Science Has Great News for People Who Read Actual Books

Here is another interesting article about reading and comprehension and comparing ebooks to printed paper books.

“Science Has Great News for People Who Read Actual Books”

Here is a short excerpt “Our brains were not designed for reading, but have adapted and created new circuits to understand letters and texts. The brain reads by constructing a mental representation of the text based on the placement of the page in the book and the word on the page.”  I know, for myself personally, when I read and I’m trying to recall something I read, I get a mental picture of what side of the page the quote or sentence I was thinking about was on.

What do other people think?  How do you read and remember?  What do you think about all these new studies coming out talking about either how multitasking and reading online is training our brains to learn in new ways or how reading a printed item allows for more comprehension and understanding?  Can they both be true?

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One Response to Science Has Great News for People Who Read Actual Books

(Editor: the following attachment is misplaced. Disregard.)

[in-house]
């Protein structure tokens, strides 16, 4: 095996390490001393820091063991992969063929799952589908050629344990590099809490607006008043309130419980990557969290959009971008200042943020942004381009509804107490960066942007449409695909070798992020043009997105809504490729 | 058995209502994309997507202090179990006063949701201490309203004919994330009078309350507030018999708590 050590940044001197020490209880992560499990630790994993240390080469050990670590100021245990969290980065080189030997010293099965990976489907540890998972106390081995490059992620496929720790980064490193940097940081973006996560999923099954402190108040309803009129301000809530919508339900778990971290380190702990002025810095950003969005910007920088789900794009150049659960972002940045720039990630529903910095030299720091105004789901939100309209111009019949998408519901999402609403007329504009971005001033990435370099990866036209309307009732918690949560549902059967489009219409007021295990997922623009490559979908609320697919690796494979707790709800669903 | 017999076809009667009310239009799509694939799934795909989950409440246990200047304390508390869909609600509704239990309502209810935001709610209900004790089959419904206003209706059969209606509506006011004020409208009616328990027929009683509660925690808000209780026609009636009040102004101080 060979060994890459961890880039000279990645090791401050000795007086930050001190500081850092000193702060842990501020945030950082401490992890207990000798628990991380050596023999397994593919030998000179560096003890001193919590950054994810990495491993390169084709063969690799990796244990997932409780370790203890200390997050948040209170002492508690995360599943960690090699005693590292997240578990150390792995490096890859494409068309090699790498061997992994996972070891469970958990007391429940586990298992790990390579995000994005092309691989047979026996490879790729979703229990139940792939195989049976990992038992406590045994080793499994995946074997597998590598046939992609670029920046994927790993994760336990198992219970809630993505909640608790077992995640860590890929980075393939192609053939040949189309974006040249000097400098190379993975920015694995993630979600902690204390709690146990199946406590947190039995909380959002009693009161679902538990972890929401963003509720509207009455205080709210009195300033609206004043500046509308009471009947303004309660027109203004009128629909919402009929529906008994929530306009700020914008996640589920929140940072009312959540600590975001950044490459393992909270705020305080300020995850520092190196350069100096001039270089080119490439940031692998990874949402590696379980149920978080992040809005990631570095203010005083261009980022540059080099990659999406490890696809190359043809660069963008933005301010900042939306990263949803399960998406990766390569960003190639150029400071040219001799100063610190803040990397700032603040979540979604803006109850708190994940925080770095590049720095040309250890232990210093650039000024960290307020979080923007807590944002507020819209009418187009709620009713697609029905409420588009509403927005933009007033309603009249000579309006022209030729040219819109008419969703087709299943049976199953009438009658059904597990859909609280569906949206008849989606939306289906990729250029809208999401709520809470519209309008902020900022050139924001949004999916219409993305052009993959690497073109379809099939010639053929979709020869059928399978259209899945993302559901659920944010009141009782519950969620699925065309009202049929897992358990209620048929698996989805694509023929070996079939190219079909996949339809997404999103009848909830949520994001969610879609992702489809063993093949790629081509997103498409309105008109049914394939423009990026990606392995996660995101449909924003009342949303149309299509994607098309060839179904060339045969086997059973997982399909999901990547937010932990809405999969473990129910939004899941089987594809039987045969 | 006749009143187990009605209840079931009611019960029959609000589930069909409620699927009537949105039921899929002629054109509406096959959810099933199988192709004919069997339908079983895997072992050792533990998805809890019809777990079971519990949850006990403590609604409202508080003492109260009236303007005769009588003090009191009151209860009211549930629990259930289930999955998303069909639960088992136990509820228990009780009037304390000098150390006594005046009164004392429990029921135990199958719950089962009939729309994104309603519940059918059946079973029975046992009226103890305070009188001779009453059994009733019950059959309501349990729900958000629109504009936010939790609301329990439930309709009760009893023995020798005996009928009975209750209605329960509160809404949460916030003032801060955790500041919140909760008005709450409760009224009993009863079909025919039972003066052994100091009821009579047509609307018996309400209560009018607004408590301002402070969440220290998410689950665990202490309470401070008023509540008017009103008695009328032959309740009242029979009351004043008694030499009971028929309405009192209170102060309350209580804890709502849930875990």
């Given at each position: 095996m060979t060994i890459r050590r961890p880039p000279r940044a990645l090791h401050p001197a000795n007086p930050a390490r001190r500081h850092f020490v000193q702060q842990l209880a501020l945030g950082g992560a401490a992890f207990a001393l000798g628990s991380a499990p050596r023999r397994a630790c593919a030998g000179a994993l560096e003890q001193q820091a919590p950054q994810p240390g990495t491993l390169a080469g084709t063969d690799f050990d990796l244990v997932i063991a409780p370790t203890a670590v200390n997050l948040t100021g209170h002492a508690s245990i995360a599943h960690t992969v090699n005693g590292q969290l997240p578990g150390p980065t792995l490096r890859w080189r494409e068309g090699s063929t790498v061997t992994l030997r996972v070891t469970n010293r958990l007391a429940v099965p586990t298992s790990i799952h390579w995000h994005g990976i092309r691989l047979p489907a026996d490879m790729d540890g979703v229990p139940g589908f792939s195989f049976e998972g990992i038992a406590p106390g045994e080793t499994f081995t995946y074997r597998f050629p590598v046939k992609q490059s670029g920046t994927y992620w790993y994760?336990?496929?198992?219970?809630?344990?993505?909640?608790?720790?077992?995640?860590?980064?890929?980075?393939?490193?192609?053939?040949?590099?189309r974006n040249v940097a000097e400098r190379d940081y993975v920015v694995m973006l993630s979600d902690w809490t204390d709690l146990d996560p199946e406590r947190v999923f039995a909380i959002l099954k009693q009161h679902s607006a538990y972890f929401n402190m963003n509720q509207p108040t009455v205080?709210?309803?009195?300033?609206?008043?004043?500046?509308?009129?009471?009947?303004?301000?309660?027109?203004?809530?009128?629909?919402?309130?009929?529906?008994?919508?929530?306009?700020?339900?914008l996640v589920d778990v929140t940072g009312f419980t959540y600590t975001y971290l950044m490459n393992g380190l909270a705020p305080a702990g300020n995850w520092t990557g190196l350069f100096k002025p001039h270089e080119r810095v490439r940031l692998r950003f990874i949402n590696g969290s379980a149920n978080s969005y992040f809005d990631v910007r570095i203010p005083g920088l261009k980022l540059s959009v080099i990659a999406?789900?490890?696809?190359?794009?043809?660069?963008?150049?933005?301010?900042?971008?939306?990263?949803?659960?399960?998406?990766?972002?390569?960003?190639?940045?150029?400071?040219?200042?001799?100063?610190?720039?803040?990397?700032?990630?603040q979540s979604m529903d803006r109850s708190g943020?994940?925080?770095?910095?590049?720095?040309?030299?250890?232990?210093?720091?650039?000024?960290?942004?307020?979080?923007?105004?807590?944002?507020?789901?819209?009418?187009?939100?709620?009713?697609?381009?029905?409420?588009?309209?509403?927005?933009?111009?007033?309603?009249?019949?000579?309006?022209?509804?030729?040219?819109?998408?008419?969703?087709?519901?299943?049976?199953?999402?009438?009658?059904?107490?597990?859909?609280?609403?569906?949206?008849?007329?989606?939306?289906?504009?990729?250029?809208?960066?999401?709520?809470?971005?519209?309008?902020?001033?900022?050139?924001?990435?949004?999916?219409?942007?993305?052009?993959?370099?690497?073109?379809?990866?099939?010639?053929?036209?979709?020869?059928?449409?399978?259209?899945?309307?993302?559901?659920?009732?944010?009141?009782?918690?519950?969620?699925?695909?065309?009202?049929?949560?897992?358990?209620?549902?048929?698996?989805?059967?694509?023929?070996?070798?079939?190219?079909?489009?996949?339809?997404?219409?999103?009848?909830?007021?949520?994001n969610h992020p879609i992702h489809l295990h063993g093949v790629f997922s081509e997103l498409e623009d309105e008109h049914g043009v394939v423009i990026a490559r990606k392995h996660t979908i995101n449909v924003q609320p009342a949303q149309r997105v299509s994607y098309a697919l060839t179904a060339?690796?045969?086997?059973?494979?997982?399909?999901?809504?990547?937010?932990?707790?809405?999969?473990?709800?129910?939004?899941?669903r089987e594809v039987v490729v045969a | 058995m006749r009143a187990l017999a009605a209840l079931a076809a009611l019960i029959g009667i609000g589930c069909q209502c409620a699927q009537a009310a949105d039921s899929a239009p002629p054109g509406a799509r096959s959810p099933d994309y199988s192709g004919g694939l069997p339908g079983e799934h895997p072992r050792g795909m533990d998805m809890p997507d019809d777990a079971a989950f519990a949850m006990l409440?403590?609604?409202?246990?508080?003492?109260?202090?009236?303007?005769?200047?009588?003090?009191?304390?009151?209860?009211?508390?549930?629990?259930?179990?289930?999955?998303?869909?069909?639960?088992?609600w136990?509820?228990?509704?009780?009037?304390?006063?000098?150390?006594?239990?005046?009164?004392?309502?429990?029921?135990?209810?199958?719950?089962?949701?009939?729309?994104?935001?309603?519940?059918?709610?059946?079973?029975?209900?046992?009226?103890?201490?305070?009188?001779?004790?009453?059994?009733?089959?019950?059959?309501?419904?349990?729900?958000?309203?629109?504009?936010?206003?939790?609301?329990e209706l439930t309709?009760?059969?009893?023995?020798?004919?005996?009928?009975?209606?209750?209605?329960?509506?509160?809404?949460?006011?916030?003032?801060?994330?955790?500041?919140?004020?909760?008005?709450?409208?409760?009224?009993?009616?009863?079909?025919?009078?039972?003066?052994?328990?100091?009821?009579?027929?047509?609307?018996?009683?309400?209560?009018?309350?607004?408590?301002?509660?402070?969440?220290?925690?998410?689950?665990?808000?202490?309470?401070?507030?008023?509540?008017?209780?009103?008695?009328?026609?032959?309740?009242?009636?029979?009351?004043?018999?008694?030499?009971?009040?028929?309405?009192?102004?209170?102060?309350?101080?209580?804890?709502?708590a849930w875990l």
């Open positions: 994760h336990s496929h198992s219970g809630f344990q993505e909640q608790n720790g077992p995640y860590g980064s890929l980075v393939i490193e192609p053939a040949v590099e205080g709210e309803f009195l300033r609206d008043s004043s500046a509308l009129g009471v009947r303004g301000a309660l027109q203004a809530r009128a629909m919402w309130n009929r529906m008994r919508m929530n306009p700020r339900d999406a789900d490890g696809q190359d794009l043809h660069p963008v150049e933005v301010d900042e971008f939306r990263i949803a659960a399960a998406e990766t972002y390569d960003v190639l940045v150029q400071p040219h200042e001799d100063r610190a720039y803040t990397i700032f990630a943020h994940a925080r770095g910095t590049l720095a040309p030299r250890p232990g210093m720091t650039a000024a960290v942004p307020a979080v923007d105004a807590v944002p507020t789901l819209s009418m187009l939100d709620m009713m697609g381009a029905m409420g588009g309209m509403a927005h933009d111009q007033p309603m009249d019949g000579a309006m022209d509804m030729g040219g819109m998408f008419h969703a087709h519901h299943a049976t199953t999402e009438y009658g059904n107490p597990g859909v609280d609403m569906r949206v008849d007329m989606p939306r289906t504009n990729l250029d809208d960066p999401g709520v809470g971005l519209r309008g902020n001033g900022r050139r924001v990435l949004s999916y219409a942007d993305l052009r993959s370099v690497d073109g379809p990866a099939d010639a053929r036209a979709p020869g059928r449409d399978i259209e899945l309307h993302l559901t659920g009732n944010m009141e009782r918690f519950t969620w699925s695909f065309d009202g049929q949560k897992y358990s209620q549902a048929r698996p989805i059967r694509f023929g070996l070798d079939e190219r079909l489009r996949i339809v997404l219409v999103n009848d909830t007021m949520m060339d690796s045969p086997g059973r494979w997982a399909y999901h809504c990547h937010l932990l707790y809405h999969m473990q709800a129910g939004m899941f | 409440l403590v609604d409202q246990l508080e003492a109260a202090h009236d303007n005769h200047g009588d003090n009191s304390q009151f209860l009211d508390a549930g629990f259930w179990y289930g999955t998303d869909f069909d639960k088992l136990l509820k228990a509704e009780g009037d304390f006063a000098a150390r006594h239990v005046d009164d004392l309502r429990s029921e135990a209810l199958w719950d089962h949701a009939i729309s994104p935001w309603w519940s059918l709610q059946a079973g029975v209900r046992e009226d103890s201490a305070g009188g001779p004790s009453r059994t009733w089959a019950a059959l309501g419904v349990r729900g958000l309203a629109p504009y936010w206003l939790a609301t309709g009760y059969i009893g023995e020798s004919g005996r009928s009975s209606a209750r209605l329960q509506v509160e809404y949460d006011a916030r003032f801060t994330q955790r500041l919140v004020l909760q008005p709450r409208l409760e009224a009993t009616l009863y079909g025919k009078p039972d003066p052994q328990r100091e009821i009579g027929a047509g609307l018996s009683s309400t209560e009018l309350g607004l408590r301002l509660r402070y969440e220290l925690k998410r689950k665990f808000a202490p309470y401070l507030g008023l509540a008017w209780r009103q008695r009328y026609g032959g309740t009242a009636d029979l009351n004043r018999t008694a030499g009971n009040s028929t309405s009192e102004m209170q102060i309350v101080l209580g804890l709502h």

1. This makes good sense. I do the same thing when trying to recall something I read in printed text: recalling spatially where on the page it was, and how far into the book or chapter it appeared. It’s not so tactile with newer technologies, where I prefer using the search function to find exactly what I’m looking for.

    In connection with this spatial organizing, it’s pretty interesting that losing that tactile/spatial feedback decreases accuracy ordering narrative elements chronologically. This isn’t surprising, when I think about it: space is extremely important to conceiving time. I wonder if viewers of movies have this same issue…

    What I do not really understand is the association of deep/slow reading with print. I mean, I can understand it in historical circumstance, where we consider much of what people read ‘on screen’ is short-form (tweets, blogs, texts, etc) vs imagining fat print books. But we can mostly access those fat books ‘on screen’ now, too… Personally, I have to read just as slowly whether in our class packet or on my iPad. When reading for academia (vs grazing or entertainment) I tend to read very slowly in general, tho.

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